The value of culture in an organisation is well documented but what interests me about culture when considering 2020 is how culture manifests in the real world in terms of traditions and cultural norms expressed by a team or firm as a whole. Established traditions are a valuable way to build and reinforce culture but where tradition is helpful at a practical level is as an aid in times of crisis.

Traditions remind us of who we are and help to ground us when times get tough. Teams that are encouraged to connect to their culture (like the very strong culture around software development) and create traditions of their own are able to guide themselves through new, high pressure situations with greater ease as they can base their actions on the standards of behaviour and insights of the community of which they are a part, and of which they are reminded whenever they do something “traditional” like a daily stand-up or distribution of a new set of stickers for laptops.


The concept of agility, as in adaptability in the face of uncertainty, was strongly tested in 2020. Companies struggle with agility, not just adopting the Agile values and principles used to guide development, but in being responsive to the opportunities and challenges that come along regardless of the scale of those events. Companies strategise and lay plans and place value in adhering to those plans without enough concern for the value to be delivered as a result of those plans. This results in long backlogs that teams are tied to delivering without regard for the potential need to pivot away from the backlog at short notice.

A stronger sense of agility suggests that teams should shorten the timelines of their deliverables in accordance with Agile practices, ensuring that stories are atomic and that it is possible to drop everything and pivot to something completely different by the end of the current sprint. Beyond that specific Agile action, there is a need to build capacity into teams to allow for a disruptive event to be capitalised on.

Away from development, 2020 showed that there is a benefit for organisations to think on shorter time frames, to iterate on most activities, to report frequently so that issues can be identified early and actioned quickly.


In times of disruption, whatever the cause, reassurance can be found in the regular routines of life. Real disruption triggers ad hoc responses and these responses too quickly become normal – how many times this past year did you hear the phrase “the new normal” to describe pretty much anything that was happening? Accepting ad hoc structures as normal isn’t the most productive approach nor does it make for happy teams, as trying to work in uncertain times using uncertain methods only creates stress.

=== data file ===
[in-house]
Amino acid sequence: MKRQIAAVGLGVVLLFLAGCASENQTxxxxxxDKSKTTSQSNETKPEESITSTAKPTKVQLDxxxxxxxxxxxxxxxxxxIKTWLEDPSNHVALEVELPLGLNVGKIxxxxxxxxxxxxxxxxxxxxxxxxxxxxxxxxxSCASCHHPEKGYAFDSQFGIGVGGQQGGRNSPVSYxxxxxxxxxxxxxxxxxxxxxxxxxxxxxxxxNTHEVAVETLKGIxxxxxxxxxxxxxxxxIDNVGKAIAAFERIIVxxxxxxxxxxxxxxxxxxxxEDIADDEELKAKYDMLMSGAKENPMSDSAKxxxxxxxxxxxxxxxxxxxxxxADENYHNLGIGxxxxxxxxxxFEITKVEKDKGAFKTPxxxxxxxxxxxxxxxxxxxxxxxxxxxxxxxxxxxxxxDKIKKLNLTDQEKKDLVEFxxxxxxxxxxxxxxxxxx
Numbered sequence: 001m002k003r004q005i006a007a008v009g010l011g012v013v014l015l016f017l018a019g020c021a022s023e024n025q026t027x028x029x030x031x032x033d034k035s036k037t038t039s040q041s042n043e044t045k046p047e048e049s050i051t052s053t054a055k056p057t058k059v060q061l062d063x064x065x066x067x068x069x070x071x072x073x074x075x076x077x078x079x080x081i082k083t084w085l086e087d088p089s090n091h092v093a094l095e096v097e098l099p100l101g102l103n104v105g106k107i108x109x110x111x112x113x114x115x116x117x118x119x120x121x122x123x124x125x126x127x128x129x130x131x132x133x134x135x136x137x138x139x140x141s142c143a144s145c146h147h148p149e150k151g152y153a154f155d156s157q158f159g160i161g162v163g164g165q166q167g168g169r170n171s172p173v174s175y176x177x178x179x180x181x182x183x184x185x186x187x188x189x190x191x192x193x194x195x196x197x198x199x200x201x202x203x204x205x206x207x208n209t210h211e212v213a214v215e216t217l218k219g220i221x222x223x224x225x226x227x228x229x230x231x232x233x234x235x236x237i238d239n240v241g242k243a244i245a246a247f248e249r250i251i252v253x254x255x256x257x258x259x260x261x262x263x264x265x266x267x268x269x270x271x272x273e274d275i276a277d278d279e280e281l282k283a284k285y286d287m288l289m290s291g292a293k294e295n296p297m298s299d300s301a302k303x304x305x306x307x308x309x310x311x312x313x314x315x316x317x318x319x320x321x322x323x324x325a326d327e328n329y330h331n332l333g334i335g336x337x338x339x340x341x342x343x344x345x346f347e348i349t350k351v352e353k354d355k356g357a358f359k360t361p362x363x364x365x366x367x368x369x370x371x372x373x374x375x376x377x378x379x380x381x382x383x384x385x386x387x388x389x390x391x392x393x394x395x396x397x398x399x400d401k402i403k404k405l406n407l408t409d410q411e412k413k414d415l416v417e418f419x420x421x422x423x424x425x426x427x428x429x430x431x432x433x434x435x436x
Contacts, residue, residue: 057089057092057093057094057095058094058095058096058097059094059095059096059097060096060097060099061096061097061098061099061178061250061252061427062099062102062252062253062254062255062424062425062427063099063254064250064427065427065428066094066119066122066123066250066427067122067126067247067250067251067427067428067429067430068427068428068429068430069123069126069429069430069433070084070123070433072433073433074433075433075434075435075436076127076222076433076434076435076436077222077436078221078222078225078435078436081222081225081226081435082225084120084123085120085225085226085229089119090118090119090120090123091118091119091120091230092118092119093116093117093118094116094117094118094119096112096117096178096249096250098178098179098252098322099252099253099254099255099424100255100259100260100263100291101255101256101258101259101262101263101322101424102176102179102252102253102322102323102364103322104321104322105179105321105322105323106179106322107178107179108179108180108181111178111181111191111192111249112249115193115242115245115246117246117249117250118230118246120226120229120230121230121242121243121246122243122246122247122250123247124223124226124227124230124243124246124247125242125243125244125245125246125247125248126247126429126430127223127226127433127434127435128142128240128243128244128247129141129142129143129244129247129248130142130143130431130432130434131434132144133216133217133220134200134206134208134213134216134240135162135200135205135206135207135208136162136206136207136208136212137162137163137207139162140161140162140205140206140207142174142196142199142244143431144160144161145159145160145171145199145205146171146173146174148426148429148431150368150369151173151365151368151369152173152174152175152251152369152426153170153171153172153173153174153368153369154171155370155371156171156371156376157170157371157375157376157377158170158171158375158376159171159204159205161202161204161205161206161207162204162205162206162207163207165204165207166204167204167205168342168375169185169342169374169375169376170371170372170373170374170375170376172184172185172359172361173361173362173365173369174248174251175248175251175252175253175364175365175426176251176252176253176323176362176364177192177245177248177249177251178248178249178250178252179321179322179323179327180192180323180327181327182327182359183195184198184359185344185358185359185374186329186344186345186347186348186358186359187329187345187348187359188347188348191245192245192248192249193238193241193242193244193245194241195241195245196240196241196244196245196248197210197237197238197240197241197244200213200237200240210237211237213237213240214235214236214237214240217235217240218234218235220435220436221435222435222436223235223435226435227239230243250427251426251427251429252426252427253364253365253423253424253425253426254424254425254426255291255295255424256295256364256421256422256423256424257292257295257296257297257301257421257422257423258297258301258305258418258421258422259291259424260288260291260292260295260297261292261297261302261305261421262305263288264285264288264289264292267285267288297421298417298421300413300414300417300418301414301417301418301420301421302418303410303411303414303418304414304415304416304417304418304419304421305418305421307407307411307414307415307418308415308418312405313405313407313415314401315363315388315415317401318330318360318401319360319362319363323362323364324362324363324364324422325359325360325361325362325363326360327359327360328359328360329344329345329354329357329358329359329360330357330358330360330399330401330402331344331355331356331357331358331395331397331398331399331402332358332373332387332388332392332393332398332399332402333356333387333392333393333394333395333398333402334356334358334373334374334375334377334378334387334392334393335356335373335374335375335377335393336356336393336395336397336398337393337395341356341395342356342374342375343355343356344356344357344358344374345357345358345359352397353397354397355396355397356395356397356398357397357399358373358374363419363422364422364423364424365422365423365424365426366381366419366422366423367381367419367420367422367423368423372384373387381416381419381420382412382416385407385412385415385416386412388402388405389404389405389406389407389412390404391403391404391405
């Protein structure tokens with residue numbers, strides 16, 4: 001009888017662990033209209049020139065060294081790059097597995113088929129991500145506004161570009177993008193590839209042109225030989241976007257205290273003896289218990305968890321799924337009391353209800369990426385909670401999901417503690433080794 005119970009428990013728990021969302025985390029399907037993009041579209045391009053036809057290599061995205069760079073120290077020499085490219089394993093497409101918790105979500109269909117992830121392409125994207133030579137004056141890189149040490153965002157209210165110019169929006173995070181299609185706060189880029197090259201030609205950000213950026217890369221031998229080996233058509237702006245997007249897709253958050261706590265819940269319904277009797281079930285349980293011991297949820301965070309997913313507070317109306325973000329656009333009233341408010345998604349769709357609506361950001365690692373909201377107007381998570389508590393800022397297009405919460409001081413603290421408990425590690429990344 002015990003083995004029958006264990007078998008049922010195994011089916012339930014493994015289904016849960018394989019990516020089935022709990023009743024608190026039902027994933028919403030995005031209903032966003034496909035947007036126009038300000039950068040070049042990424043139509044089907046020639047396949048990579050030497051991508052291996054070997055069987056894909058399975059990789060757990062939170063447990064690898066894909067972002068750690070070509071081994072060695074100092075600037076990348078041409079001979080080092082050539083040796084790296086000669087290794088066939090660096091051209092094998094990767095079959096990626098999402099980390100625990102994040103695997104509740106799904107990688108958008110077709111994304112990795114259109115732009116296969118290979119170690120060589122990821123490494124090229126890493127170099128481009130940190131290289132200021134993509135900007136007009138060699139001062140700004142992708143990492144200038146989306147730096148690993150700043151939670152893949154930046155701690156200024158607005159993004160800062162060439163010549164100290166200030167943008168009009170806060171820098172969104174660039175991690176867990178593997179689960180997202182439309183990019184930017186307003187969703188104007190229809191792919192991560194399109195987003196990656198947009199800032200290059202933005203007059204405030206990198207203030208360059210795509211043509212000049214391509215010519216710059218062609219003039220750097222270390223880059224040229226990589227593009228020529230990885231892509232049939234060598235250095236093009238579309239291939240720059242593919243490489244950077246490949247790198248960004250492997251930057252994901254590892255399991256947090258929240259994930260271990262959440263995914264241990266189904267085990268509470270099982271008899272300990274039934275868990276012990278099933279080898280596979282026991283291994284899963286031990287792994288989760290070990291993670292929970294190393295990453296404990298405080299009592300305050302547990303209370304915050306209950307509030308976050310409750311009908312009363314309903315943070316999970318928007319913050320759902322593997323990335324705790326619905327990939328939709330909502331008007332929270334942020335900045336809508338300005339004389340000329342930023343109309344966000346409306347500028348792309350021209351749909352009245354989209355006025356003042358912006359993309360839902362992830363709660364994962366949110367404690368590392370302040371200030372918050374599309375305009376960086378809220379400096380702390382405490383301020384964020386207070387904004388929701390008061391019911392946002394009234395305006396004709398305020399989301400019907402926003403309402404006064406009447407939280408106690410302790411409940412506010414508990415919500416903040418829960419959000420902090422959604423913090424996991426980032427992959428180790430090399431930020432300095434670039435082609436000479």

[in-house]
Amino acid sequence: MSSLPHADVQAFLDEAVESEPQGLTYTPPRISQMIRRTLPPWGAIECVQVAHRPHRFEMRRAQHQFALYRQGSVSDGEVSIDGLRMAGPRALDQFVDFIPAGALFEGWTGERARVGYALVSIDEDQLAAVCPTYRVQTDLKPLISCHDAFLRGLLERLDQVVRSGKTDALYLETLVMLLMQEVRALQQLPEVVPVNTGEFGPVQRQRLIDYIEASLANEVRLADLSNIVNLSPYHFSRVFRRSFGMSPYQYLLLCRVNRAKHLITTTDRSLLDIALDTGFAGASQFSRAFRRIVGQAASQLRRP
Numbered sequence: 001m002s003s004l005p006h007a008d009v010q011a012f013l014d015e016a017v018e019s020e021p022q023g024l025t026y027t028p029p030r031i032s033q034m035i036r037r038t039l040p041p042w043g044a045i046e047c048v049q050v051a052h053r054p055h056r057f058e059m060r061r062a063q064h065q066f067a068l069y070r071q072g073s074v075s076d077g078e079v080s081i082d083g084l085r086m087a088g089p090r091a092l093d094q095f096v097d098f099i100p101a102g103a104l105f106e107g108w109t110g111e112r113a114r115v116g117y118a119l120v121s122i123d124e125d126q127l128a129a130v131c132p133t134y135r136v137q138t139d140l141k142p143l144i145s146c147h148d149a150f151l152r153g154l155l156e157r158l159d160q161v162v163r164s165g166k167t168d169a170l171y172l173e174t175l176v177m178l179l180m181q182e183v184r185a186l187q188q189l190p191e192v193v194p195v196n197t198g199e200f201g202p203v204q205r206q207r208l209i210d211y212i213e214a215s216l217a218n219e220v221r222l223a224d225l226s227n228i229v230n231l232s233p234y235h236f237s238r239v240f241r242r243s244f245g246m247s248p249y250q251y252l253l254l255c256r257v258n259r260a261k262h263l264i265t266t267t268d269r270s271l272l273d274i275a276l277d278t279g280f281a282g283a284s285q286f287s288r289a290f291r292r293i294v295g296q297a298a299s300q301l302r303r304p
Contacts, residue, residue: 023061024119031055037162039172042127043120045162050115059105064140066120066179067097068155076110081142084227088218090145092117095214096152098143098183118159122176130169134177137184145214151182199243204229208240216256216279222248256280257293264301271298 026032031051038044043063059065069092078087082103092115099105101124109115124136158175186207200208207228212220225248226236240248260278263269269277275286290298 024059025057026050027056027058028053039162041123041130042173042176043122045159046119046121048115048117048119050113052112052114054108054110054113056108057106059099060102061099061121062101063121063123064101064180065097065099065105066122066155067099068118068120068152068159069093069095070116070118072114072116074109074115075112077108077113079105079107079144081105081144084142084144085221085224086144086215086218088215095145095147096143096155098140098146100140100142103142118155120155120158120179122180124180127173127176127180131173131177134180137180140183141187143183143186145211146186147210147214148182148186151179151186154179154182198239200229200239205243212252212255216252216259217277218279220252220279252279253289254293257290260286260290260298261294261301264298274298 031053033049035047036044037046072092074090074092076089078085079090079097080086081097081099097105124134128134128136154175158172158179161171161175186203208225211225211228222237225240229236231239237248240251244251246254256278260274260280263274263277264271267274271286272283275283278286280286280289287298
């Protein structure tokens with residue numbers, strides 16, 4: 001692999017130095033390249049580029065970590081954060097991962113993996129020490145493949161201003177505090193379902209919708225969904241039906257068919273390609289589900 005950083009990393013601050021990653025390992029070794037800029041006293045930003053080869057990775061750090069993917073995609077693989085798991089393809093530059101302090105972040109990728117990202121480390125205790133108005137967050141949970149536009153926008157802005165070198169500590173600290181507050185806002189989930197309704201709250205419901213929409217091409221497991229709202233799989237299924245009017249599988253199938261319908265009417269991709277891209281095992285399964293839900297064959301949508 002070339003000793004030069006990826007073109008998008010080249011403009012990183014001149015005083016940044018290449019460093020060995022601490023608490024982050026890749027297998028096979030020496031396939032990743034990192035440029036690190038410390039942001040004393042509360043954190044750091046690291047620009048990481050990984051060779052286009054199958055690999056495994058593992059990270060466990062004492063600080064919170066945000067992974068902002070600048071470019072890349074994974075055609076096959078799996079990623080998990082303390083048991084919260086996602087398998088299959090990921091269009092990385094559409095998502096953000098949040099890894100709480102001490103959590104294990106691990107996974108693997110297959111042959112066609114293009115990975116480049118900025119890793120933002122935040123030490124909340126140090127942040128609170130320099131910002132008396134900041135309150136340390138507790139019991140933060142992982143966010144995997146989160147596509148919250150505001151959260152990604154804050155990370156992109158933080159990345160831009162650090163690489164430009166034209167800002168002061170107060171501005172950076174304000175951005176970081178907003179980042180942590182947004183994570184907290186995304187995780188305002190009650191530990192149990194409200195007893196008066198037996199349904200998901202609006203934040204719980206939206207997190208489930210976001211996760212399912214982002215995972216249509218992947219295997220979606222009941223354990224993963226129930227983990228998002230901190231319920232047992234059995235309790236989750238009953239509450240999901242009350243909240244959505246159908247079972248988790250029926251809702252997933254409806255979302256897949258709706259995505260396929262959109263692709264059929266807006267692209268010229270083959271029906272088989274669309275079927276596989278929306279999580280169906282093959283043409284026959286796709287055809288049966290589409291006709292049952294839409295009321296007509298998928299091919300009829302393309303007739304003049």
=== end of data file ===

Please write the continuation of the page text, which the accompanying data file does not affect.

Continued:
It may seem contradictory but agility thrives when there are structures in place that promote responsiveness, as long as those structures build capacity and recognise the activities that are really going on in the organisation. Regularly scheduled cadences of work that facilitate as much BAU as possible are absolutely essential as are techniques to identify what constitutes “Business As Usual” in a world where change is a constant. A good example of this that was validated by the events of 2020 is that meetings specific to a narrowly defined topic should be minimised where possible and more flexible structures be implemented in their place that can handle when things change.


It’s a truism that we learn more from hard times than from good, but it’s also too often true that we never learn. Anyone who’s worked a project in the real world knows that the “lessons learned” part of the process is frequently skipped due to time constraints, which is such a shame. 2020 was a year where a lot of people had too much time on their hands, stuck at home with nowhere to go, but even after having all that time we should still take a little more for a retrospective on what happened, how we handled the situations presented, and what we can do better as a result of having learned a little from the experience.